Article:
Baca pengiktirafan Datuk Johan Jaafar di bawah tentang Dewan Budaya:
BEST THING THAT HAD HAPPENED TO NATION'S CULTURE
The debate pertaining to kebudayaan kebangsaan (national culture) had been going on for some time. The first Kongres Kebudayaan Melayu (Malay Cultural Congress) in 1971 spelled out the need for a cultural identity for the nation. Dewan Budaya came out in January 1979 as a response to that. The magazine is still around and the influence it has on the nation's cultural scene is, to say the least, overwhelming.
True, its circulation has never been big, but specialised publications like that need funding and subsidy, or else it will die a natural death. DBP has many best-selling magazines in its stable, such as Dewan Masyarakat, Dewan Pelajar and Dewan Siswa, but Dewan Budaya and Dewan Sastera have helped define the nation's intellectual, literary and cultural bearing and orientation.
The people behind Dewan Budaya were clear on what they expected from the magazine. They were adamant that "cultural development" was part and parcel of nation-building and that culture and the arts transcend race and religion. They believed in the cultural diversity of 12 million Malaysians at the time and there was a dire need to promote works and expressions of culture and art from the various races.
They promised to report, portray and evaluate not only fine art, architecture, film, painting and theatre from an aesthetic perspective, but to encourage research, experimentation and innovation to ensure a vibrant cultural realm. It was also about bridging understanding among the people.
Since its early years, Dewan Budaya has lived up to that expectation. No magazine nurtured the concept of 1Malaysia more than this one. Contributors came from various races writing in Malay.
Issues on various other cultures were discussed as passionately as that of Malay culture. In the first issue, Raja Zahabuddin Yaacob introduced Redza Piyadasa and T.K. Sabapathy wrote about Dzulkifli Buyong. All four were respectable painters, art critics and historians in their own right. Piyadasa and Sabapathy became the stalwarts of the early years of Dewan Budaya, introducing painters to readers. They featured Latif Mohiddin, Ismail Zain, Chia Yu-Chian, Jolly Koh, Khoo Sui-ho, Zulkifli Dhalan and Tay Hoi Keat, Patrick Ng Kah Onn, Ismail Mustam, Syed Thajudden and many others.
The magazine has always been instrumental in popularising paintings and painters. For the first 12 issues, the covers were reproduction of paintings by Malaysian artists. The first issue saw "Iqra in Nasakh" and "Tuluth Khat" by Omar Basree, whose feature was written by Ahmad Kamal Abdullah (Kemala). The cover of the second issue was a work by Chua Yu-Chian. Patrick Ng Kah Onn's "Menjemur Kain" was on the cover of the March issue. Ismail Mustam's "Hang Tuah dan Hang Jebat" graced the cover in April.
The magazine has been the vehicle for some of the best minds of the last three decades. Muhammad Naguib al Atas, Khoo Kay Kim, Kamarul Ariffin, Mohd Taib Osman and Zainal Keling wrote interesting pieces. Krishen Jit, Azah Aziz, Mohd Ghaouse Nassruddin, Salleh Joned, Ting Chew Peh, Mahadzhir Mohd Khir, Halim Nasir and Zakaria Ali made their names in the magazine. The magazine featured great men and women in film and traditional theatre. Maria Menado, Haji Mahadi and Zaiton (film stars), Saloma (singer), Jamil Sulong (director), Dollah Baju Merah (wayang kulit), Mat Leh Tapang (dikir barat legend), Bakar M (bangsawan owner and actor) were among those highlighted.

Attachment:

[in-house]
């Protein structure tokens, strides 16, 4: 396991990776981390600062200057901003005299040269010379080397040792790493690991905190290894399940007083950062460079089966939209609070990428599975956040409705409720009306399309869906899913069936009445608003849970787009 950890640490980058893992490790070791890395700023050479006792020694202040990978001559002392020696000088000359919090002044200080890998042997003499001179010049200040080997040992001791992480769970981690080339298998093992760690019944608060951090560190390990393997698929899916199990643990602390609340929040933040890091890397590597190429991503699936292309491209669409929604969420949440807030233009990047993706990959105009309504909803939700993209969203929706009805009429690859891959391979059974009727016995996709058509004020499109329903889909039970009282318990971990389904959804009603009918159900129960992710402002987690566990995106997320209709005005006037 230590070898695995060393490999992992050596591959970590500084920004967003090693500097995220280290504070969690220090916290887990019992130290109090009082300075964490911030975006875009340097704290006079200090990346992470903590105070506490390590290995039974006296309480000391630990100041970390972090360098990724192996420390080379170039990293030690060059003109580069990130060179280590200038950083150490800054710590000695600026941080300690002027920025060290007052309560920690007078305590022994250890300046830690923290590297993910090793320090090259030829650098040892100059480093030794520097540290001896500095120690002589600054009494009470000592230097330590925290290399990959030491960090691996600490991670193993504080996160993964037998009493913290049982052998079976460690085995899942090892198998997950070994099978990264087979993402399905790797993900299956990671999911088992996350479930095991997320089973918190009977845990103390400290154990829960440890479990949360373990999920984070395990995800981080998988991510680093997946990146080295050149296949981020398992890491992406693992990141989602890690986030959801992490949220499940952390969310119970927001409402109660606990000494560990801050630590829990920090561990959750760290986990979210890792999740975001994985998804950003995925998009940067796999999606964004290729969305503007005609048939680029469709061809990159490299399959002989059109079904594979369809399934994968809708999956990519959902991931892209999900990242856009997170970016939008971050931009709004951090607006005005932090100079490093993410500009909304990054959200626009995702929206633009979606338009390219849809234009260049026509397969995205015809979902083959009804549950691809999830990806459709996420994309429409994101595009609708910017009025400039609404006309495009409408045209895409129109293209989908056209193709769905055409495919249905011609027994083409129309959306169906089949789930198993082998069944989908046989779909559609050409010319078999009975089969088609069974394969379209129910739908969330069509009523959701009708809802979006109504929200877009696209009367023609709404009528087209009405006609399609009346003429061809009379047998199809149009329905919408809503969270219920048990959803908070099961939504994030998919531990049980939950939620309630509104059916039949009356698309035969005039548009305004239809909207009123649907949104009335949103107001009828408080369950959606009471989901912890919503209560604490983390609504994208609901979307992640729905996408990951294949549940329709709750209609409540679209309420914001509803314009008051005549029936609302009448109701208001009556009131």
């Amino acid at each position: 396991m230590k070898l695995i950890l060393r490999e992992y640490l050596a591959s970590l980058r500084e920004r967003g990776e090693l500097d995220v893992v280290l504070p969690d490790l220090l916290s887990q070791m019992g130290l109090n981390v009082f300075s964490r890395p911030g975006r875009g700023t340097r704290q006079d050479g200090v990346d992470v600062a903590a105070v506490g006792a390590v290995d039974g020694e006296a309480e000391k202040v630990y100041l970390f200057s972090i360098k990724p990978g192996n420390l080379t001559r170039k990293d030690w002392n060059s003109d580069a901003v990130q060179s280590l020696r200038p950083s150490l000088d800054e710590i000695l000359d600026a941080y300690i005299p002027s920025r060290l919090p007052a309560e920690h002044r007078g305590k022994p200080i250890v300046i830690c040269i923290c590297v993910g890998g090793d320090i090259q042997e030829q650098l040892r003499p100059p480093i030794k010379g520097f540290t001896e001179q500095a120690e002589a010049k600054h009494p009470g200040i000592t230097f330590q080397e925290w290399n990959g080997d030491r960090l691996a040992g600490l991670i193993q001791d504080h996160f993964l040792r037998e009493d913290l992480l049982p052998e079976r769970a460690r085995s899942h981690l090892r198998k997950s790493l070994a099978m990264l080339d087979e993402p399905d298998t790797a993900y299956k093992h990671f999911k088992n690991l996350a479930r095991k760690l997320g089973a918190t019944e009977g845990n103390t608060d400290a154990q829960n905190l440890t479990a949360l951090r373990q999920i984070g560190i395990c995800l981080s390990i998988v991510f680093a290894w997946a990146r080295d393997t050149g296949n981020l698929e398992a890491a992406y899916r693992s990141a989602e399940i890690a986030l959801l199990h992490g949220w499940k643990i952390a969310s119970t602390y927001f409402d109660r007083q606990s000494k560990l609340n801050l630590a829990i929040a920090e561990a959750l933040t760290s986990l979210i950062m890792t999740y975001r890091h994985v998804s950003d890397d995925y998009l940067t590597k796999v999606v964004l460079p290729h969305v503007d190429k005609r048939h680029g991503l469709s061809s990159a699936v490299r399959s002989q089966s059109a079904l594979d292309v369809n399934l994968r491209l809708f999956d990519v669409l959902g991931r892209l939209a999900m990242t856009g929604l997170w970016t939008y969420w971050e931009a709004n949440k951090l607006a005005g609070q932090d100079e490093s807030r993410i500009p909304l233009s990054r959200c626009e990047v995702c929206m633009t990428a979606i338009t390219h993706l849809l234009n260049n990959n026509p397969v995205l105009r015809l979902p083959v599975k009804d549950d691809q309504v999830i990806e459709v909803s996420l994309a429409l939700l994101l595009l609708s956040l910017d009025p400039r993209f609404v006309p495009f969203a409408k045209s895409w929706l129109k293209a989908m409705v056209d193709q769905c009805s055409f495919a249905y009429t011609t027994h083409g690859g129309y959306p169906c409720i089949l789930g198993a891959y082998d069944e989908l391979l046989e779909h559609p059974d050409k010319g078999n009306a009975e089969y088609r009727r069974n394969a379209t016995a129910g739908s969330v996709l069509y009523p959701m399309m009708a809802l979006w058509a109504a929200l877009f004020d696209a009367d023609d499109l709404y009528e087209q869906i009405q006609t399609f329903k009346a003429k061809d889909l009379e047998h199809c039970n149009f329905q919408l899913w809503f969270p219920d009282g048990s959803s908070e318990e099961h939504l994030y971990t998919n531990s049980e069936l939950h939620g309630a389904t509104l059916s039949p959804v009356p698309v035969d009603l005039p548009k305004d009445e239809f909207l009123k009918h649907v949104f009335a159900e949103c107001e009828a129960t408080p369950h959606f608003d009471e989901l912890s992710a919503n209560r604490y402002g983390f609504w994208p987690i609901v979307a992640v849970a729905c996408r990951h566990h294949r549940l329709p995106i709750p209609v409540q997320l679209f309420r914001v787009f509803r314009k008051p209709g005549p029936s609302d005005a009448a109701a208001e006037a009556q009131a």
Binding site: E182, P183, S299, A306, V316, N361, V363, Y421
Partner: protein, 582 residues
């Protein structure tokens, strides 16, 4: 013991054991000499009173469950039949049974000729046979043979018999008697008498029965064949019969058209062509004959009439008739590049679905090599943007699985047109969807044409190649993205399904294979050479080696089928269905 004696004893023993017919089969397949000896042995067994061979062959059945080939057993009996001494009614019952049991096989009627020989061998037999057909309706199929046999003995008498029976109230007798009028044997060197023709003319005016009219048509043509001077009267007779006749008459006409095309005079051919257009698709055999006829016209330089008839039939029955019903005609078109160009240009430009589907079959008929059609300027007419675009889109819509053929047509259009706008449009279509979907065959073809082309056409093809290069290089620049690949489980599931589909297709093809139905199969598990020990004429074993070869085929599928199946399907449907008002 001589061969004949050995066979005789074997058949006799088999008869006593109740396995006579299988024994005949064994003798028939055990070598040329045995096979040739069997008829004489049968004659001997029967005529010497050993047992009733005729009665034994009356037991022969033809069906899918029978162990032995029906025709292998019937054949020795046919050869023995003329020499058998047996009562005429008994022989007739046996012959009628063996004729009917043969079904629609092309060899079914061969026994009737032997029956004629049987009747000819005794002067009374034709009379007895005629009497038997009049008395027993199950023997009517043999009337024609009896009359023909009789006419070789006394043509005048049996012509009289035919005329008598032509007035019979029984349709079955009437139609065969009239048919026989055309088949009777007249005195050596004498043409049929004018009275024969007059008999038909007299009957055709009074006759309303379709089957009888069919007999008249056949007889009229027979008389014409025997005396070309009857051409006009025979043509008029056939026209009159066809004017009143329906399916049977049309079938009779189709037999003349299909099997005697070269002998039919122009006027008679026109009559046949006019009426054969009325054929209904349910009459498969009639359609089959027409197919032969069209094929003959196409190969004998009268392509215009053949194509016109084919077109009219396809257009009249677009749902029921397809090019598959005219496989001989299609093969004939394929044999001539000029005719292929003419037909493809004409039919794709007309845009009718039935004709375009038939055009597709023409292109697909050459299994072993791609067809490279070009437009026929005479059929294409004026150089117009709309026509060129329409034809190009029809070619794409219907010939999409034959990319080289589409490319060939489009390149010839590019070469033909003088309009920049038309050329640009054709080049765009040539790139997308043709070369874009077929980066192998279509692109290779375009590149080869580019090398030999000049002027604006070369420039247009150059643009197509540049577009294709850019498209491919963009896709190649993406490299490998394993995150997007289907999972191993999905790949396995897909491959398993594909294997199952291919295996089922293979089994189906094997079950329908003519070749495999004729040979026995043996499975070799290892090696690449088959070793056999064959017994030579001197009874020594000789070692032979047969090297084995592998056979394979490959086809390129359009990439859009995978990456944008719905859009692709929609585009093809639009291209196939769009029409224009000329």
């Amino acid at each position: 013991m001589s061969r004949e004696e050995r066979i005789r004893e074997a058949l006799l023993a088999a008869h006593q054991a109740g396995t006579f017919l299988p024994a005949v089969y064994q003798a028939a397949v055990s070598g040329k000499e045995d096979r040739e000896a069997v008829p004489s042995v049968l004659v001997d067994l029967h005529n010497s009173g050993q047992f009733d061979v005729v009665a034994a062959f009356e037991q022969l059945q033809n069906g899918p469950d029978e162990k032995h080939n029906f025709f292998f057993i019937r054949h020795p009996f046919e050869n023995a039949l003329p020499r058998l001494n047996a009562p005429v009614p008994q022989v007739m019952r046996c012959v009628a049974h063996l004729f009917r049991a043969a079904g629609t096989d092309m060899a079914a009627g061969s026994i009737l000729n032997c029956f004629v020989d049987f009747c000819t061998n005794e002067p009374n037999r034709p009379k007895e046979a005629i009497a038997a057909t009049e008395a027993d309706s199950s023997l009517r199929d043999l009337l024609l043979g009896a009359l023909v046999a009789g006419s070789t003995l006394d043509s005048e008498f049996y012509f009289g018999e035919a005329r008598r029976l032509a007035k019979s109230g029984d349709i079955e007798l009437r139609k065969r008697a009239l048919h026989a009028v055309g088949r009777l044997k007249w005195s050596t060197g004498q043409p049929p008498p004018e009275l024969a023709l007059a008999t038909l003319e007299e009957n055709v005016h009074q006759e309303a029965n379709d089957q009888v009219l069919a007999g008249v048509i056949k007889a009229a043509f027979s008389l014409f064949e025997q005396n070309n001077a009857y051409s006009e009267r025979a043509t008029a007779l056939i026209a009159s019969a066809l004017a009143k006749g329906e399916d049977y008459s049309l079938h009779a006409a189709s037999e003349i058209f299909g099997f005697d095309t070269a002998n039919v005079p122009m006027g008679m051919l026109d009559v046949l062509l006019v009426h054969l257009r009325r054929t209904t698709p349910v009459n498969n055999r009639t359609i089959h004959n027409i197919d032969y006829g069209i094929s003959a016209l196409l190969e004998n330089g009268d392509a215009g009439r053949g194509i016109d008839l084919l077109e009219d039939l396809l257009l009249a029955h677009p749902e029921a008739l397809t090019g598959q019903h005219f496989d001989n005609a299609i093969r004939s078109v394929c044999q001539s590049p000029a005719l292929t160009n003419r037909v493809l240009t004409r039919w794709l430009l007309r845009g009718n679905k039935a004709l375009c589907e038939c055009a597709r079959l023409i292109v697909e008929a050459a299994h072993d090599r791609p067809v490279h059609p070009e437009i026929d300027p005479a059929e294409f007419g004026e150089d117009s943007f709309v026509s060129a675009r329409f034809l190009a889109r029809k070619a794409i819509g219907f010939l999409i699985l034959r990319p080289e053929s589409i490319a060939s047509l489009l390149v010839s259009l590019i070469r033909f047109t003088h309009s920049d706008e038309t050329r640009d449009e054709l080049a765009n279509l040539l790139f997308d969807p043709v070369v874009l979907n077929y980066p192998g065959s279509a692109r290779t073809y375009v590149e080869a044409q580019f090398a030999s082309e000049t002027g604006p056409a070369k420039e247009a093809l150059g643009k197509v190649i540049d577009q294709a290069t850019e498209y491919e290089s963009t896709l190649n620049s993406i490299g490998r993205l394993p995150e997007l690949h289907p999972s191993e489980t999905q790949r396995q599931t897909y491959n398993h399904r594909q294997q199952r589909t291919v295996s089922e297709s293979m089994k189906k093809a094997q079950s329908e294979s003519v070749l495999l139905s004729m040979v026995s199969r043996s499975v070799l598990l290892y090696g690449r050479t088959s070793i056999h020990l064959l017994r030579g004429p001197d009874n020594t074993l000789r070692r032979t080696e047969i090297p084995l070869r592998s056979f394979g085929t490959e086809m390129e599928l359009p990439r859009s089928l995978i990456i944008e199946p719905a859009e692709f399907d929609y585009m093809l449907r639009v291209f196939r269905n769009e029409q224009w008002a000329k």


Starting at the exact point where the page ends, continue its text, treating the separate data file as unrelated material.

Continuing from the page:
A. Samad Ismail was a contributor in a column "Sudut Pandangan" from January 1989. His last piece was the notorious "Surat Kepada YAB PM" in August 1990, suggesting hardcore trade unionists like V. David and Zainal Rampak be made wakil rakyat. Thanks to Samad's article, I was promoted to head the general book division of DBP. I sat in the editorial board 12 months after the magazine came out and was made deputy editor in May 1982. In August 1988, I was heading DBP's Magazine Division and its chief editor until September 1990.
Dewan Budaya is the best thing that has happened to culture and the arts of this proud nation. It has been at the forefront promoting the best discussion and discourse on matters pertaining to creativity.
For the last 31 years, it has diligently recorded the cultural scene of the country. It has not strayed from the spirit of the founders. The fact that fewer non-Malays are contributing today has nothing to do with policy change. It is a pity that such a magazine has lost much of the glitter of its cultural diversity. Perhaps it is a symptom of our people drifting apart, which is sad.
Dewan Budaya has also been audacious, especially during its early years. The debate on the arts has been nothing less than ferocious -- critics and proponents articulating their positions without fear and favour. The likes of Anuar Noor Arai, Mansor Puteh, Mustapha Noor, Hatta Azad Khan, Krishen Jit, Zakaria Ali, Piyadasa, Kee Thuan Chye, Mana Sikana, Salleh, Dinsman, Zakaria Ariffin, A. Wahab Hamzah -- intellectual firebrands all -- arguing their cases were good enough reasons to subscribe to the magazine.
Back in 1981, I had an idea. What about the magazine doing a piece on the nightlife of Kuala Lumpur? My boss at the time, Baha, did not hesitate to give the green light. I spent many nights in the seedy parts of Kuala Lumpur. I came out with a three-part series on "Bila Malam Bertambah Malam". It was probably too juicy or shocking. The magazine published a truncated version, in one part, in July 1981. Even then we all held our breath. It was the month of Ramadan when most of the articles were on the making of a good ummah and the road to righteousness. My piece was the talk of the puasa month.
Who says Dewan Budaya is conservative?